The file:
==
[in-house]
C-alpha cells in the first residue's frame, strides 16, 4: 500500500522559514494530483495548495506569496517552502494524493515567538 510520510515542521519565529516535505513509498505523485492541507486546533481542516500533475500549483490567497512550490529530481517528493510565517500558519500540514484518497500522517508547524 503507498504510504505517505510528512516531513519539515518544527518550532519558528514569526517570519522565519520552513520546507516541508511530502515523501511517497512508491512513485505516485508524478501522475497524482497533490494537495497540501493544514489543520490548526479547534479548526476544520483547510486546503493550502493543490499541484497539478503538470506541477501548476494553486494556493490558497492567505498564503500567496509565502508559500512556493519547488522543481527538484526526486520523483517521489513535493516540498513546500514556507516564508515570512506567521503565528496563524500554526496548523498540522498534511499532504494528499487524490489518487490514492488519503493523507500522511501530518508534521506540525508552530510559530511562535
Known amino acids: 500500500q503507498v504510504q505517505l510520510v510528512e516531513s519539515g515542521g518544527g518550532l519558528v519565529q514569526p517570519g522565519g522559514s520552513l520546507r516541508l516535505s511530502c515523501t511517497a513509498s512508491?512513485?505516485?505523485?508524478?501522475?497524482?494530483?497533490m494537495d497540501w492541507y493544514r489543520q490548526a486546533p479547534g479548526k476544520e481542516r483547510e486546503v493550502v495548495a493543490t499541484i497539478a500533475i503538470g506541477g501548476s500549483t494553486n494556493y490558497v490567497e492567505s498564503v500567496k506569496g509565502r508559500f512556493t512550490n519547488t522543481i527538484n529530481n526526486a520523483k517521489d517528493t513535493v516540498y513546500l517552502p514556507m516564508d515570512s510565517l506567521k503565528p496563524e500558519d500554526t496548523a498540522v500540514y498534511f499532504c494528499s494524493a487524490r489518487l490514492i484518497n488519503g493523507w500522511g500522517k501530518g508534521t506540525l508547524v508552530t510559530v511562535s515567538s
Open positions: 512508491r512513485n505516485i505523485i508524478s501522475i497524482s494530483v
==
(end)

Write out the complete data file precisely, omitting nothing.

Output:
[in-house]
C-alpha cells in the first residue's frame, strides 16, 4: 500500500522559514494530483495548495506569496517552502494524493515567538 510520510515542521519565529516535505513509498505523485492541507486546533481542516500533475500549483490567497512550490529530481517528493510565517500558519500540514484518497500522517508547524 503507498504510504505517505510528512516531513519539515518544527518550532519558528514569526517570519522565519520552513520546507516541508511530502515523501511517497512508491512513485505516485508524478501522475497524482497533490494537495497540501493544514489543520490548526479547534479548526476544520483547510486546503493550502493543490499541484497539478503538470506541477501548476494553486494556493490558497492567505498564503500567496509565502508559500512556493519547488522543481527538484526526486520523483517521489513535493516540498513546500514556507516564508515570512506567521503565528496563524500554526496548523498540522498534511499532504494528499487524490489518487490514492488519503493523507500522511501530518508534521506540525508552530510559530511562535
Known amino acids: 500500500q503507498v504510504q505517505l510520510v510528512e516531513s519539515g515542521g518544527g518550532l519558528v519565529q514569526p517570519g522565519g522559514s520552513l520546507r516541508l516535505s511530502c515523501t511517497a513509498s512508491?512513485?505516485?505523485?508524478?501522475?497524482?494530483?497533490m494537495d497540501w492541507y493544514r489543520q490548526a486546533p479547534g479548526k476544520e481542516r483547510e486546503v493550502v495548495a493543490t499541484i497539478a500533475i503538470g506541477g501548476s500549483t494553486n494556493y490558497v490567497e492567505s498564503v500567496k506569496g509565502r508559500f512556493t512550490n519547488t522543481i527538484n529530481n526526486a520523483k517521489d517528493t513535493v516540498y513546500l517552502p514556507m516564508d515570512s510565517l506567521k503565528p496563524e500558519d500554526t496548523a498540522v500540514y498534511f499532504c494528499s494524493a487524490r489518487l490514492i484518497n488519503g493523507w500522511g500522517k501530518g508534521t506540525l508547524v508552530t510559530v511562535s515567538s
Open positions: 512508491r512513485n505516485i505523485i508524478s501522475i497524482s494530483v